OPP data shows decline in frequency of collisions

A report released by the Ontario Provincial Police shows crashes were down in Ontario in 2015 compared to 2014, but fatalities rose overall.

Toronto, Ontario — March 13, 2016 — Crashes on Ontario’s highways fell by over 6,000 in 2015 compared to 2014, according to a report released by the Ontario Provincial Police (OPP). The OPP responded to 69,469 road collisions in 2015, compared to 75,644 in 2014.

Most of the accidents occurred between passenger vehicles. Breaking down the data, collisions involving large commercial transport trucks decreased to 5,373 collisions in 2015, compared to 6,307 in 2014. Motorcycle accidents increased to 838 in 2015 compared to 803 in 2014.

There were fewer accidents in 2015, but the crashes that did occur had a higher toll in human lives. According to the data, 299 people were killed in road collisions in OPP jurisdiction in 2015, compared to 288 in 2014.

The “Big Four” causes of road fatalities—alcohol/drugs, inattentive, speed, no seat belt—were all down in 2015. In particular, last year marks the lowest number of alcohol/drug related deaths in more than ten years and the lowest number of inattentive-related road deaths since Ontario introduced distracted driving laws in 2009. Tragically, last year there were more road crashes in which more than one life was lost than in the previous year. In 2015, there were four times as many crashes in which three people died and sadly, one of the collisions claimed the lives of four people.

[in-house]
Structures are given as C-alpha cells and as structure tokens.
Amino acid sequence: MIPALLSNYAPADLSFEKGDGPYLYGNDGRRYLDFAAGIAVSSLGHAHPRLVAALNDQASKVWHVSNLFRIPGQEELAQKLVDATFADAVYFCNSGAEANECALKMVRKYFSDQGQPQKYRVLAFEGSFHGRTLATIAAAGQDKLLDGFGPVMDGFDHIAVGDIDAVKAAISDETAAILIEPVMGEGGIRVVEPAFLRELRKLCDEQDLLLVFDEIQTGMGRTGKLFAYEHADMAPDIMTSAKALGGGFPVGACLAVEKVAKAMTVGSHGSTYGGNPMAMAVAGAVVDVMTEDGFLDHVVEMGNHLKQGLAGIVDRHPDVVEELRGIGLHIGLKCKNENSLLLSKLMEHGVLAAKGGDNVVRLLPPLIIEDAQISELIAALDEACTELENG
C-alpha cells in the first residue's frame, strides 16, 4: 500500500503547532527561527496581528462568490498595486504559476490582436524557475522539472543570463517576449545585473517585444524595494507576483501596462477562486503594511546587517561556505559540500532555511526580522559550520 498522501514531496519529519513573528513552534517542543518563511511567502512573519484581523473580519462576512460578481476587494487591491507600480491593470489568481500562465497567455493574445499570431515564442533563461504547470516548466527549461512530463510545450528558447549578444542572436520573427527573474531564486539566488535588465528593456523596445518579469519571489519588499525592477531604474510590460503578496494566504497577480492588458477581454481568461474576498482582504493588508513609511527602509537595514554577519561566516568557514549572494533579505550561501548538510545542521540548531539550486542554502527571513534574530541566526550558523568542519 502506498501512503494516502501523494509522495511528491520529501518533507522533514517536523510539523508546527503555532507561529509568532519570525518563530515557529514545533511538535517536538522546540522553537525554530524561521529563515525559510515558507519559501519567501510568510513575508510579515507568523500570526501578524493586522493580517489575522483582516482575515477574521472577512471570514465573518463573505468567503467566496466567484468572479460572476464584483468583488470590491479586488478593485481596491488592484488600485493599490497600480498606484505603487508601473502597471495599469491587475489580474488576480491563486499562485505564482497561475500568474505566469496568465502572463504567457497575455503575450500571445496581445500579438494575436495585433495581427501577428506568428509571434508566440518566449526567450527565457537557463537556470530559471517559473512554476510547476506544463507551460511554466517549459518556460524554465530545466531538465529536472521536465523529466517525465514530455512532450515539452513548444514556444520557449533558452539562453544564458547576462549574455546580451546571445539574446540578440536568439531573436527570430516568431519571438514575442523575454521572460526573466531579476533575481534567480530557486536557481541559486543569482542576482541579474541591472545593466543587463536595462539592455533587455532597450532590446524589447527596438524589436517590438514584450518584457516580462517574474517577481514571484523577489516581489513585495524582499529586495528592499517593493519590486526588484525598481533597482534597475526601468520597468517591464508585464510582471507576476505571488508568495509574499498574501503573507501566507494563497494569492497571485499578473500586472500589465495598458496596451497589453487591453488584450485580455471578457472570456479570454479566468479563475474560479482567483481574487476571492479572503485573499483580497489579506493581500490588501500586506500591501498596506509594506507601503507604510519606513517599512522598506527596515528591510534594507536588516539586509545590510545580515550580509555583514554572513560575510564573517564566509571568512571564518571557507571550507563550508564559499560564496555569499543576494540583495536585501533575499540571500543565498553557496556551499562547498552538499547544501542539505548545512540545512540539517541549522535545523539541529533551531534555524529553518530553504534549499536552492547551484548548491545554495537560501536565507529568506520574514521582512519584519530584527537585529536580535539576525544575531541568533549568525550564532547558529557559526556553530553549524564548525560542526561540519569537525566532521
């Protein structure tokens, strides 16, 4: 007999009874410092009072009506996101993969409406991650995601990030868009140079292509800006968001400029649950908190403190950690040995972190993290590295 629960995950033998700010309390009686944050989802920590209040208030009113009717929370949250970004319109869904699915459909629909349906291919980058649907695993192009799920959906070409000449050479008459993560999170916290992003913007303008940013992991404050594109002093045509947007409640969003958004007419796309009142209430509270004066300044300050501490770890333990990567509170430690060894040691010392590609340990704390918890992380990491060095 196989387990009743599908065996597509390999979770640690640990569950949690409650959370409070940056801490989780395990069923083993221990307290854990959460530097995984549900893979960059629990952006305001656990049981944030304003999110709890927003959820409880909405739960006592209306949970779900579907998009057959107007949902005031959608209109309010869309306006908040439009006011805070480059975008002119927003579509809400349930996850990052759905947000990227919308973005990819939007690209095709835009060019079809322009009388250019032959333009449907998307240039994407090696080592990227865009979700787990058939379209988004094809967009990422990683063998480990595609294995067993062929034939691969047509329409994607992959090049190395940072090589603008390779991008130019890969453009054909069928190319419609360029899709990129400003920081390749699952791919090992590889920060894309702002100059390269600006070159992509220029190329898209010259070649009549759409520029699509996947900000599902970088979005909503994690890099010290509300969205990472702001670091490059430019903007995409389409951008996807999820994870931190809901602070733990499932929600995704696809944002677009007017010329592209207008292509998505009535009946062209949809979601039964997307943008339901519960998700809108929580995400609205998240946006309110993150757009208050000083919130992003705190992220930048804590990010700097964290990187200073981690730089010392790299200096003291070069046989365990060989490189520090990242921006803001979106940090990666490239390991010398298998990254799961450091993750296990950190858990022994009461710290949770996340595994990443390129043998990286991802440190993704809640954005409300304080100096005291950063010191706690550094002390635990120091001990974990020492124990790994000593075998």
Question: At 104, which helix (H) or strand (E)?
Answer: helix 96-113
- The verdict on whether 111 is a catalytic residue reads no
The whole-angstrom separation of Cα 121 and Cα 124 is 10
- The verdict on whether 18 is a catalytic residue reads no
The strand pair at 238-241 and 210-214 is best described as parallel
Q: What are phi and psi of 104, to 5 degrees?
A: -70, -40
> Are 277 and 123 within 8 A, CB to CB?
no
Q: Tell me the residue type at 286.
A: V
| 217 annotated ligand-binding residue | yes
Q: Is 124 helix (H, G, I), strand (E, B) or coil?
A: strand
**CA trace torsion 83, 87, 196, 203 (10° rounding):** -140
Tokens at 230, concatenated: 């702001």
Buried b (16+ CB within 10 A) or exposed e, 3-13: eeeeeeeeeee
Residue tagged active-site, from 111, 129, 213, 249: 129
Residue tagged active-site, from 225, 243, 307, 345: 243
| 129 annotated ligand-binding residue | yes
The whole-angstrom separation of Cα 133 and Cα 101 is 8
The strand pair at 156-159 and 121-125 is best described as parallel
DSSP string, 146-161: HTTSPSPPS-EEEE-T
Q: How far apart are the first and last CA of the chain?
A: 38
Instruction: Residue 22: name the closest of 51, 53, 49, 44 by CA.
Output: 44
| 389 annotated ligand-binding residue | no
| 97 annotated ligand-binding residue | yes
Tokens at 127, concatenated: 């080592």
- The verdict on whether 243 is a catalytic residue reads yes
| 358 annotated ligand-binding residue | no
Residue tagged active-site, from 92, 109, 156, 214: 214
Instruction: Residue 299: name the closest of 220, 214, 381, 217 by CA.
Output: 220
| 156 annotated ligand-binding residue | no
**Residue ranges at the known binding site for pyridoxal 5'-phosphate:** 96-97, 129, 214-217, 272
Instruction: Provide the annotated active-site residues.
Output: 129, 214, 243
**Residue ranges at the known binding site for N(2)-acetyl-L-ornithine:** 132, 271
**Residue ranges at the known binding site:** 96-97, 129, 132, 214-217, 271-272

“The OPP are concerned that more people died in road crashes in 2015 than in the previous year. We are encouraged to see lower numbers in all of the Big Four fatality causal factor categories, but we need to see drivers keep this downward trend going. There is no worse place to take risks, exercise poor judgment and make mistakes than behind the wheel,” said OPP Deputy Commissioner Brad Blair, Provincial Commander of Traffic Safety and Operational Support.

Collisions reported to the OPP can be seen in the graph below, broken down by month: 

OntarioCollisions2014and2015 FullSize

 

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